Pete asked us to work completely differently. He wanted Warrior goalie to become the performance/innovation leader in the industry. In order to achieve this, he asked us to throw out all of our preconceptions about how goalie products were built. He challenged us to look at the performance of a goalie product and re-imagine the possibilities for how it could be built and function differently and better. He insisted that in order to truly design innovative product, that could also be manufactured efficiently, we must learn the hands on skills of building goalie equipment; pattern making, prototype building and sewing.

Pete is completely hands on in the design process. This is the sewing machine where he built his early designs.

Almost six years later, I can tell you that this process has been extremely challenging, but equally rewarding. As a designer, it’s very exciting to be given the mandate to come up with something completely new. It’s also somewhat daunting given the immense amount of work required to go from a good idea to a good product! In the time since Pete came on board, we’ve sent the Ritual 1, G2 and G3 lines to market featuring a host of new performance innovations. We’ve seen ever increasing success with each new product release. With more new products slated for release, and even more ideas in the pipeline, we expect our momentum to keep growing.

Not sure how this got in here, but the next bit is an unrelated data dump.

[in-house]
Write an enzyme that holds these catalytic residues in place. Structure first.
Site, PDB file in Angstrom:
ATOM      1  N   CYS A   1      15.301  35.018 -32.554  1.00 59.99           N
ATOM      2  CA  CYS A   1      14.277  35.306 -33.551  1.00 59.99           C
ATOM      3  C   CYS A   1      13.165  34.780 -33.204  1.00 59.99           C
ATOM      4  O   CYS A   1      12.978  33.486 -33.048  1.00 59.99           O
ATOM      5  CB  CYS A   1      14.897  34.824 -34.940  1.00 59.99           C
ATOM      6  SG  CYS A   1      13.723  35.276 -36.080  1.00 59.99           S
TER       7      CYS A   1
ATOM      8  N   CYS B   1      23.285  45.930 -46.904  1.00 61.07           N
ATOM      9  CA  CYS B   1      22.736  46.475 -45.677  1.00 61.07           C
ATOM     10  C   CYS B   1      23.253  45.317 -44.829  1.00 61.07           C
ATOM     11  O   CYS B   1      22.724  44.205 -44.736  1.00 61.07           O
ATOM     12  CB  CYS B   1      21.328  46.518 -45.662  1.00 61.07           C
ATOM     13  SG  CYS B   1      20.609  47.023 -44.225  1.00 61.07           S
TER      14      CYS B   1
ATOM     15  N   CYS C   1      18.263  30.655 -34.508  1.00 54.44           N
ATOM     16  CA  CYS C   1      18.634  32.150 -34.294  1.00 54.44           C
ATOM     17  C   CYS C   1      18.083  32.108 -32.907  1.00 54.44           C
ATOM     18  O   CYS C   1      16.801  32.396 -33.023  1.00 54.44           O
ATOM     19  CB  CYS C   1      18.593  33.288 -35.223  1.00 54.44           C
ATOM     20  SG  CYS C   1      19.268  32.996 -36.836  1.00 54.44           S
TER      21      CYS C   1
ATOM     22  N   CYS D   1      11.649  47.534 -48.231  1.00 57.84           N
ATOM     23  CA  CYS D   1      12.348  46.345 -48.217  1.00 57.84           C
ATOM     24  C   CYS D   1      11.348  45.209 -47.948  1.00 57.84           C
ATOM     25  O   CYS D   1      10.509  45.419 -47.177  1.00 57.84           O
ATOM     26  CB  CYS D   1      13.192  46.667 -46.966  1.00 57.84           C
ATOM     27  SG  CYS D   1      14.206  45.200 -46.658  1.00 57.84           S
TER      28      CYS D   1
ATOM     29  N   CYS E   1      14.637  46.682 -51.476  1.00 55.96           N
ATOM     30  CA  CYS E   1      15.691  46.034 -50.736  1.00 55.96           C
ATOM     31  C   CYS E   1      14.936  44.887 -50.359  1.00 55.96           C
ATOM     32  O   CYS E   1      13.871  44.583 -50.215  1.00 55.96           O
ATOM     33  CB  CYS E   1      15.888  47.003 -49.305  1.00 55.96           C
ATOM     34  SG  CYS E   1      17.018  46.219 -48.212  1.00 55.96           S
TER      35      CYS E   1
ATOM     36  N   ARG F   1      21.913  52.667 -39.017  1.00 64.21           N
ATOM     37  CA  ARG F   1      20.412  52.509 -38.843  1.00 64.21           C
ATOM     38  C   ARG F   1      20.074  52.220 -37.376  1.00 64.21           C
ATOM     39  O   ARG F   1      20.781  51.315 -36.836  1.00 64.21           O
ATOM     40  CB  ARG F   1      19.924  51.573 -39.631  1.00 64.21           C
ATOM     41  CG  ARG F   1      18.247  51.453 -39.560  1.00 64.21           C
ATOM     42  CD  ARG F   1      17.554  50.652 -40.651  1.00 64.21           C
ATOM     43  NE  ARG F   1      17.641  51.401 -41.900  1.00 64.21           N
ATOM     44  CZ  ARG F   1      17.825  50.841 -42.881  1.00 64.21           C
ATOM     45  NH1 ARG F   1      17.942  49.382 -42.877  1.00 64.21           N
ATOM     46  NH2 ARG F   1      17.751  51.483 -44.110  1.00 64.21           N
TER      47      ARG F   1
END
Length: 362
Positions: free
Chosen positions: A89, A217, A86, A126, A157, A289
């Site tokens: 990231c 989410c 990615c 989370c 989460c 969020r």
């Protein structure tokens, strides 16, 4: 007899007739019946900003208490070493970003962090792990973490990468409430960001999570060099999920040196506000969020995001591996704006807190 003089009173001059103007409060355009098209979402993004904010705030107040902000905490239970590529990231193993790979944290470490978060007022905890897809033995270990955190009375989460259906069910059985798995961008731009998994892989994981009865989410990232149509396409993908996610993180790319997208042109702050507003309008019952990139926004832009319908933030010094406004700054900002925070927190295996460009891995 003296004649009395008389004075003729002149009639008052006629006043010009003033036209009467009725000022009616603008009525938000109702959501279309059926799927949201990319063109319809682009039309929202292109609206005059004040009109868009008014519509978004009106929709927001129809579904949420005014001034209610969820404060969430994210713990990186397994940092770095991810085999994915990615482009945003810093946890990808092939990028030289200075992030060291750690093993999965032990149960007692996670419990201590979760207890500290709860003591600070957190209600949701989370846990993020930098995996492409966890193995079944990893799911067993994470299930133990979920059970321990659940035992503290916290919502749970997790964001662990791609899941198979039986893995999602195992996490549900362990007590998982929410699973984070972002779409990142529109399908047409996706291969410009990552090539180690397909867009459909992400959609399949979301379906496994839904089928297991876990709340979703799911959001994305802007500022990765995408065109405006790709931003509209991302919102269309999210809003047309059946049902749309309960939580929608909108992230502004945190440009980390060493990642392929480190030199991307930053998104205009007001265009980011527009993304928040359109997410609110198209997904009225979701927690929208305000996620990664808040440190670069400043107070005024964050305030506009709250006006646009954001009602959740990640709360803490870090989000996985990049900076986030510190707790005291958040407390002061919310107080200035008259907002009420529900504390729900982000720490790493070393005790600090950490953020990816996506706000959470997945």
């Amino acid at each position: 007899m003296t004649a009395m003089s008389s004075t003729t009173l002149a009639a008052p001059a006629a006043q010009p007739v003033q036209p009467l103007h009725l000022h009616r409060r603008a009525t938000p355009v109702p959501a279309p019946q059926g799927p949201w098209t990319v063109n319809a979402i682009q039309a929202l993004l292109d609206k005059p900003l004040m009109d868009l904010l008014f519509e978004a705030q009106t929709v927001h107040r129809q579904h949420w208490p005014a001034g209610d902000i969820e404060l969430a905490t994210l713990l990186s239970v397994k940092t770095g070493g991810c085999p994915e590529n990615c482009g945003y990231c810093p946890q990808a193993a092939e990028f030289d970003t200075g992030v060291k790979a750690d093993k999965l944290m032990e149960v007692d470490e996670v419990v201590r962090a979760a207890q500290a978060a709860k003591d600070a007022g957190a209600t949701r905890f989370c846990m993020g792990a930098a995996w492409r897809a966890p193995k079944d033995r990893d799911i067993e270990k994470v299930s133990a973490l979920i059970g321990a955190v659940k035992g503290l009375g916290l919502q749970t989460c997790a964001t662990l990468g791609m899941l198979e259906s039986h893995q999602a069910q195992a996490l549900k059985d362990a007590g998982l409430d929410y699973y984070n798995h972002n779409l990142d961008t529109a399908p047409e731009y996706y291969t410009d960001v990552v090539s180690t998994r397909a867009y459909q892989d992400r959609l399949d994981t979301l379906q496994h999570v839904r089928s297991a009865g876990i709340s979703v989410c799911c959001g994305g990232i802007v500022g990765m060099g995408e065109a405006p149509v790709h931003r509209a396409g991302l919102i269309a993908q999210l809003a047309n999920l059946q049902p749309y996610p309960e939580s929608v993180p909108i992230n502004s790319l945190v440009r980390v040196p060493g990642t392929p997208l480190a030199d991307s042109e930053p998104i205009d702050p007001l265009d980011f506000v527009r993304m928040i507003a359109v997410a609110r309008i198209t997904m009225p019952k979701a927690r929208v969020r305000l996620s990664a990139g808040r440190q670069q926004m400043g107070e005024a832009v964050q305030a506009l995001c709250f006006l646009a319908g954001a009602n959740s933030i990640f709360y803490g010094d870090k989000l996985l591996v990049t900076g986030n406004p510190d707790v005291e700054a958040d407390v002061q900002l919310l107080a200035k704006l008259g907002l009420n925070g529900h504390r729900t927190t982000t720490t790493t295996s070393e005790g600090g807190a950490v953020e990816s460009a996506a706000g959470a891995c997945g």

In my opinion, no single designer has brought as many innovations to the advancement of goalie gear as Pete Smith has across his career. We are fortunate to have him at the helm of our goalie category. Join us in celebrating his 30 years in the goalie equipment business. We know the best is still to come!

2 thoughts on “30-Years of Innovation

  1. Very empressed!! I knew he was good at what he has been doing, but he is always so quiet when we see him, I really didn’t know all they he has accomplished until I read this article!! Thanks for sharing!!

  2. The G3 set is so good it’s ridiculous. My son is so damn picky (I’m sure all our kids are) and he won’t where anything but Warrior. If I ever get a chance to shake Mr. Smiths had with my son that would be sweet.